Preoperative left ventricular peak systolic pressure/end-systolic volume ratio and functional status following valve surgery in patients with mitral regurgitation and enlarged end-systolic volumes

William R. Pitts, Richard A. Lange, Joaquin Cigarroa, L. David Hillis

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Abstract

This study was done to determine if the left ventricular (LV) peak systolic pressure/end-systolic volume (PSP/ESV) ratio predicts symptomatic improvement with valve replacement or repair in patients with mitral regurgitation (MR) and an enlarged LV ESV. Patients with MR and LV ESV 2 consistently improve symptomatically with valve surgery, whereas the response of those with an ESV >30 ml/m2 is heterogeneous. The LV PSP/ESV ratio, an easily acquired measure of LV performance, may discriminate those who improve with valve surgery from those who do not. Accordingly, in 40 patients (15 men and 25 women, aged 14 to 74 years) with moderate or severe MR, no other cardiovascular abnormalities, and a LV ESV >30 ml/m2, we assessed the utility of clinical, hemodynamic, and angiographic variables routinely measured preoperatively to predict symptomatic improvement with valve replacement or repair. Of the 40 subjects, 3 died during or within 6 months of surgery. Six months after valve surgery, symptoms had improved in 34 patients, were unchanged in 1, and had worsened in 2. By univariate analysis, only the preoperative pulmonary capillary wedge pressure was predictive of a change in functional class (p = 0.05). The PSP/ESV ratio was not predictive of a change in functional class after valve surgery. Thus, the PSP/ESV ratio does not identify which patients with MR and an enlarged LV ESV will manifest symptomatic improvement with valve surgery.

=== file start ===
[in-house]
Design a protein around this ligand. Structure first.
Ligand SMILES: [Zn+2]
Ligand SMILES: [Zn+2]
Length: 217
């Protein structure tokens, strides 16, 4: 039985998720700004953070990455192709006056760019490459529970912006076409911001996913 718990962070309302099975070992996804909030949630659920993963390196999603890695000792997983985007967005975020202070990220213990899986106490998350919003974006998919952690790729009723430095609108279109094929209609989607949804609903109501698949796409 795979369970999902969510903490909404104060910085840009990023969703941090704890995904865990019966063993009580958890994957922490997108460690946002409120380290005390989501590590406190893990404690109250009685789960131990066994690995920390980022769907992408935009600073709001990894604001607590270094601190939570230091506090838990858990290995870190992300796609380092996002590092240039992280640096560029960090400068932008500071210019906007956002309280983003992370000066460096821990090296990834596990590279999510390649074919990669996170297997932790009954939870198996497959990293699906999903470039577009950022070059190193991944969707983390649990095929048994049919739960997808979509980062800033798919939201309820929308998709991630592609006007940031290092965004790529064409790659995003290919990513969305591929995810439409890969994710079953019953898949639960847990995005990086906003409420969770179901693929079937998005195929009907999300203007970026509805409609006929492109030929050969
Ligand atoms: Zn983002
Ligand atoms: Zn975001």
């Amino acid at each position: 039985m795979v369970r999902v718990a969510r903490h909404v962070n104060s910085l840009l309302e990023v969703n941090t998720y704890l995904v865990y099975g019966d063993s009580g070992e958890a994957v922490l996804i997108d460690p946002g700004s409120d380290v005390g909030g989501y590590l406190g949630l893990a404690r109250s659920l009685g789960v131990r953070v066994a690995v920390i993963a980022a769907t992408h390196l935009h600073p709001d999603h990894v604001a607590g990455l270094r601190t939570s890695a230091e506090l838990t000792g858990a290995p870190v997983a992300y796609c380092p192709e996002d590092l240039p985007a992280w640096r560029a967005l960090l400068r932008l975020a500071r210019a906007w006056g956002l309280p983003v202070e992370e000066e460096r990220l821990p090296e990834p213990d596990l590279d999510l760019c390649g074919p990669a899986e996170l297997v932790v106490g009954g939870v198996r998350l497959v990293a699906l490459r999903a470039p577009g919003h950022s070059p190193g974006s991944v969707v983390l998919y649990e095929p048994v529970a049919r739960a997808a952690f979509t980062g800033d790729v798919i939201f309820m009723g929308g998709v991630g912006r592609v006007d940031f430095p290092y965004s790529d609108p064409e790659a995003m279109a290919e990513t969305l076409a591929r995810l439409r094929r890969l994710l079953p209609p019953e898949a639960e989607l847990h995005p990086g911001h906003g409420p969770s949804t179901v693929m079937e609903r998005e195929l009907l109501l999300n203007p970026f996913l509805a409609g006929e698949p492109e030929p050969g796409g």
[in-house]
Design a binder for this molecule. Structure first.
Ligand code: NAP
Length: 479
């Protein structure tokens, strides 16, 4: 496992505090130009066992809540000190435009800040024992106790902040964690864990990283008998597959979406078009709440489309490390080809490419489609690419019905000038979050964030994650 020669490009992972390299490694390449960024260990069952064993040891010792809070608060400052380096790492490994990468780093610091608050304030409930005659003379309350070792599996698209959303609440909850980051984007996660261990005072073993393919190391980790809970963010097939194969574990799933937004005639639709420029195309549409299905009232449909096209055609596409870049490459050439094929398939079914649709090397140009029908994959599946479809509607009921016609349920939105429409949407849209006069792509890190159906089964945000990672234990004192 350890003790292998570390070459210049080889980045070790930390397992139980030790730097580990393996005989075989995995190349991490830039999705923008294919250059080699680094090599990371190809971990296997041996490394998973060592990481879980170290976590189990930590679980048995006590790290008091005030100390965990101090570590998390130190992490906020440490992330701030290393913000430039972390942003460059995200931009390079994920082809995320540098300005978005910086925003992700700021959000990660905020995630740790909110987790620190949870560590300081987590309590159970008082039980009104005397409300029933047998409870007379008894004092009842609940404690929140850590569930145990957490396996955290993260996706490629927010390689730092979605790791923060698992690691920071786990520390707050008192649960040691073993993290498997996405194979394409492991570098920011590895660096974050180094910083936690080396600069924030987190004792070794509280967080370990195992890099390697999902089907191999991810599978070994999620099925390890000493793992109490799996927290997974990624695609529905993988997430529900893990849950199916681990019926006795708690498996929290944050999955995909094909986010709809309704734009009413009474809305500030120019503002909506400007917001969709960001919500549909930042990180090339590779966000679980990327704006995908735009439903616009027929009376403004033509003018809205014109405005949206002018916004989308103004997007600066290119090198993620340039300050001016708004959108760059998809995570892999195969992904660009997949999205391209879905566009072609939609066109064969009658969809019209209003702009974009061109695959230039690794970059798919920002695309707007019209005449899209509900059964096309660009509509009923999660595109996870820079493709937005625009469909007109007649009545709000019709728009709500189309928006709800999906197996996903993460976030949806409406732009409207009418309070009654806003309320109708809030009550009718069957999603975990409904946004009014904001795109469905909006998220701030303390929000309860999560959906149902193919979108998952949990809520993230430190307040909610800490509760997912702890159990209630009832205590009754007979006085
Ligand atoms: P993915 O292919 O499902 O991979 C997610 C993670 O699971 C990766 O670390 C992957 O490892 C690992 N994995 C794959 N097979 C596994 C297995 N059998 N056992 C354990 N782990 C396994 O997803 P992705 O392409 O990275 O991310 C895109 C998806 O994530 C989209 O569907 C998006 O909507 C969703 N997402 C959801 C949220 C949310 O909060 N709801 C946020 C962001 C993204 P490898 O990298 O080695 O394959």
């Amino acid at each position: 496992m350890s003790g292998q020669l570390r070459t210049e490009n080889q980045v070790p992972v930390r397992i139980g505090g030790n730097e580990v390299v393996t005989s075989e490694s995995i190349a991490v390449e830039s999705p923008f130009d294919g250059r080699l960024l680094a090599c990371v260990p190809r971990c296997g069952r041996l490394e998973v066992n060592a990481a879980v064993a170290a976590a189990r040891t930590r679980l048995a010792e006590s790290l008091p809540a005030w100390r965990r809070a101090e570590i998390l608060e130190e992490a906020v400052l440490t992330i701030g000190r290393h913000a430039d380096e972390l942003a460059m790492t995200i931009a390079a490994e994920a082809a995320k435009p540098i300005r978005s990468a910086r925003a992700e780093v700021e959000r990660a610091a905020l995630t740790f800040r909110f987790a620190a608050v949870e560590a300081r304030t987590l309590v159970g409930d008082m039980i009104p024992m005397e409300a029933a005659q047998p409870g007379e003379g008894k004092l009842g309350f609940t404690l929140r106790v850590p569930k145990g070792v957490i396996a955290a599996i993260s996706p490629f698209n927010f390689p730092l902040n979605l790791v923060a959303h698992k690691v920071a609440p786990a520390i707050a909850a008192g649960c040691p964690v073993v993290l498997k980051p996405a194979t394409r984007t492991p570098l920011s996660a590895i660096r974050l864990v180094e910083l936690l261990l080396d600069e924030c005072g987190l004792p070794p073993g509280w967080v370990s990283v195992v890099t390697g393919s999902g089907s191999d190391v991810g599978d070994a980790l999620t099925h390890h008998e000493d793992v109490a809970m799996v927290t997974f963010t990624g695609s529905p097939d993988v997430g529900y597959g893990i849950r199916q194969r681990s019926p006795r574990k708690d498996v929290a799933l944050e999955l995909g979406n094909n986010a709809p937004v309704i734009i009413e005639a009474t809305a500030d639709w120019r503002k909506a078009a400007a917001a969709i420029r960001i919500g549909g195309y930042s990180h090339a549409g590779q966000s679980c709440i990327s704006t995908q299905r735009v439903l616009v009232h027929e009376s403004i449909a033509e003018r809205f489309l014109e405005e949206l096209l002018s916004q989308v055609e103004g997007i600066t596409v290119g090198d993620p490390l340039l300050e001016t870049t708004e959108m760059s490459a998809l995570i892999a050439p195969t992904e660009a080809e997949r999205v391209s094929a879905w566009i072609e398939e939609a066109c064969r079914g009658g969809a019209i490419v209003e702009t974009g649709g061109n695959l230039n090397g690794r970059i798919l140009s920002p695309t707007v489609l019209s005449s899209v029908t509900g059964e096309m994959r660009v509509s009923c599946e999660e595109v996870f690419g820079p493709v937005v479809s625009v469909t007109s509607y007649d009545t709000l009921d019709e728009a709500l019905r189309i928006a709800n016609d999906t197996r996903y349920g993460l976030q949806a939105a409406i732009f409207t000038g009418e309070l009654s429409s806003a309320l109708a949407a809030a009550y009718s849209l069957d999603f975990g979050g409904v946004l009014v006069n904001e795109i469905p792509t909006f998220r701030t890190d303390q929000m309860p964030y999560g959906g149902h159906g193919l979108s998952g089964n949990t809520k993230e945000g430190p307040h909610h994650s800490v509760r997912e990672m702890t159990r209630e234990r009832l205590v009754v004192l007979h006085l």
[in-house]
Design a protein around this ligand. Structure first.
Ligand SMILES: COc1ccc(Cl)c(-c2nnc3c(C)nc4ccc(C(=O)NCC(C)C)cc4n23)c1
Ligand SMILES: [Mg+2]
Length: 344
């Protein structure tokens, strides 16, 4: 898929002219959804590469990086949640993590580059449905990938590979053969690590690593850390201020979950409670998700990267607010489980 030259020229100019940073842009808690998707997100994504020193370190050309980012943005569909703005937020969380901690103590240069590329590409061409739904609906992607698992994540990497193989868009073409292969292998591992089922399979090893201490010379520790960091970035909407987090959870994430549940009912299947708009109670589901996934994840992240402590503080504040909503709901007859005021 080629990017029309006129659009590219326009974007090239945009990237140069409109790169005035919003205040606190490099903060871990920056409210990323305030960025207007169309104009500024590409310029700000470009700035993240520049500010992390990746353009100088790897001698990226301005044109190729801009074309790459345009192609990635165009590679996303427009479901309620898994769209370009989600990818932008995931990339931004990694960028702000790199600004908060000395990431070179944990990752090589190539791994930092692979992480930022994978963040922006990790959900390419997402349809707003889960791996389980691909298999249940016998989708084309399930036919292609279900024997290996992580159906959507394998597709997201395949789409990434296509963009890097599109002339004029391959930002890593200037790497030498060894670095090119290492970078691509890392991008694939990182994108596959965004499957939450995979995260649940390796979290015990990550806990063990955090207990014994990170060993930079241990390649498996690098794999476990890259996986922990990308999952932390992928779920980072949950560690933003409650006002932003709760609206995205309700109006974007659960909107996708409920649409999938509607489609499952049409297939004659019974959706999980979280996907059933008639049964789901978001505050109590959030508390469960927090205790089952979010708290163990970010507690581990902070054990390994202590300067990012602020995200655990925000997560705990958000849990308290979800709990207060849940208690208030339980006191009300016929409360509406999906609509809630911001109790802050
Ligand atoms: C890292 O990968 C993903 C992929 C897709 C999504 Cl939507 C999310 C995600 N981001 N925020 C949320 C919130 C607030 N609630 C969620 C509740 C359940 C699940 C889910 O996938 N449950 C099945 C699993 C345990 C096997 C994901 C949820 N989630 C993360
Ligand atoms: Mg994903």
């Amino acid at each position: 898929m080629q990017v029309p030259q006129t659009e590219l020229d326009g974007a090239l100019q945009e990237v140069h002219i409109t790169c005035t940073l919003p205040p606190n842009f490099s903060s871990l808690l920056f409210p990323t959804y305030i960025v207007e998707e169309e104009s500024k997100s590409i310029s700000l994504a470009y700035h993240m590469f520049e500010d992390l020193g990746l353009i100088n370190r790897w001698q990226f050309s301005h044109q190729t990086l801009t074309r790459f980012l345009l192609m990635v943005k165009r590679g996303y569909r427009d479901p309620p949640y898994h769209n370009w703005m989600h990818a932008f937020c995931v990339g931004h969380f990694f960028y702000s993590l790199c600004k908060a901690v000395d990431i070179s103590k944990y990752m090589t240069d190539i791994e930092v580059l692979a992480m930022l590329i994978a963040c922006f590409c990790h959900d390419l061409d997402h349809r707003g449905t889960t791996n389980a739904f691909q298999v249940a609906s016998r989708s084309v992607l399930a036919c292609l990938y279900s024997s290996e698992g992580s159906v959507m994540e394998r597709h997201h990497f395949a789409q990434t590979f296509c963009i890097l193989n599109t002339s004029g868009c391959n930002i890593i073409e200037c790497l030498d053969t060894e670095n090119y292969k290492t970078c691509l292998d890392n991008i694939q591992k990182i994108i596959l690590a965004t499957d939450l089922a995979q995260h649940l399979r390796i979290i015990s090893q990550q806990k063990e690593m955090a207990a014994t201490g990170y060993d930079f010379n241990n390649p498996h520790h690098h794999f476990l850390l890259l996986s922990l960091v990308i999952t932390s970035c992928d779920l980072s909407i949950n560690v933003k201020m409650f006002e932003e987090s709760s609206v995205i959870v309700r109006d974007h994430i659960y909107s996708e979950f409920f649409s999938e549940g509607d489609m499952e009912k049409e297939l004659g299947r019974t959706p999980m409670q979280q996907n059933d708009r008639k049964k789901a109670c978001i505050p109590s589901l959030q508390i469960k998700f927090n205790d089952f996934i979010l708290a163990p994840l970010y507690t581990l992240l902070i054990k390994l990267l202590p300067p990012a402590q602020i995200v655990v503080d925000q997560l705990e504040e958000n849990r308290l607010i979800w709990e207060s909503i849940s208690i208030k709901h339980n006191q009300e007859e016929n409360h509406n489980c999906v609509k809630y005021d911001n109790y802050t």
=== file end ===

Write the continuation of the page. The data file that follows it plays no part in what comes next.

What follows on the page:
Original languageEnglish (US)
Pages (from-to)1493-1497
Number of pages5
JournalAmerican Journal of Cardiology
Volume79
Issue number11
DOIs
StatePublished - Jun 1 1997
Externally publishedYes

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Mitral Valve Insufficiency
Blood Pressure
Cardiovascular Abnormalities
Pulmonary Wedge Pressure
Hemodynamics

ASJC Scopus subject areas

  • Cardiology and Cardiovascular Medicine

Cite this

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title = "Preoperative left ventricular peak systolic pressure/end-systolic volume ratio and functional status following valve surgery in patients with mitral regurgitation and enlarged end-systolic volumes",
abstract = "This study was done to determine if the left ventricular (LV) peak systolic pressure/end-systolic volume (PSP/ESV) ratio predicts symptomatic improvement with valve replacement or repair in patients with mitral regurgitation (MR) and an enlarged LV ESV. Patients with MR and LV ESV 2 consistently improve symptomatically with valve surgery, whereas the response of those with an ESV >30 ml/m2 is heterogeneous. The LV PSP/ESV ratio, an easily acquired measure of LV performance, may discriminate those who improve with valve surgery from those who do not. Accordingly, in 40 patients (15 men and 25 women, aged 14 to 74 years) with moderate or severe MR, no other cardiovascular abnormalities, and a LV ESV >30 ml/m2, we assessed the utility of clinical, hemodynamic, and angiographic variables routinely measured preoperatively to predict symptomatic improvement with valve replacement or repair. Of the 40 subjects, 3 died during or within 6 months of surgery. Six months after valve surgery, symptoms had improved in 34 patients, were unchanged in 1, and had worsened in 2. By univariate analysis, only the preoperative pulmonary capillary wedge pressure was predictive of a change in functional class (p = 0.05). The PSP/ESV ratio was not predictive of a change in functional class after valve surgery. Thus, the PSP/ESV ratio does not identify which patients with MR and an enlarged LV ESV will manifest symptomatic improvement with valve surgery.",
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AU - Hillis, L. David

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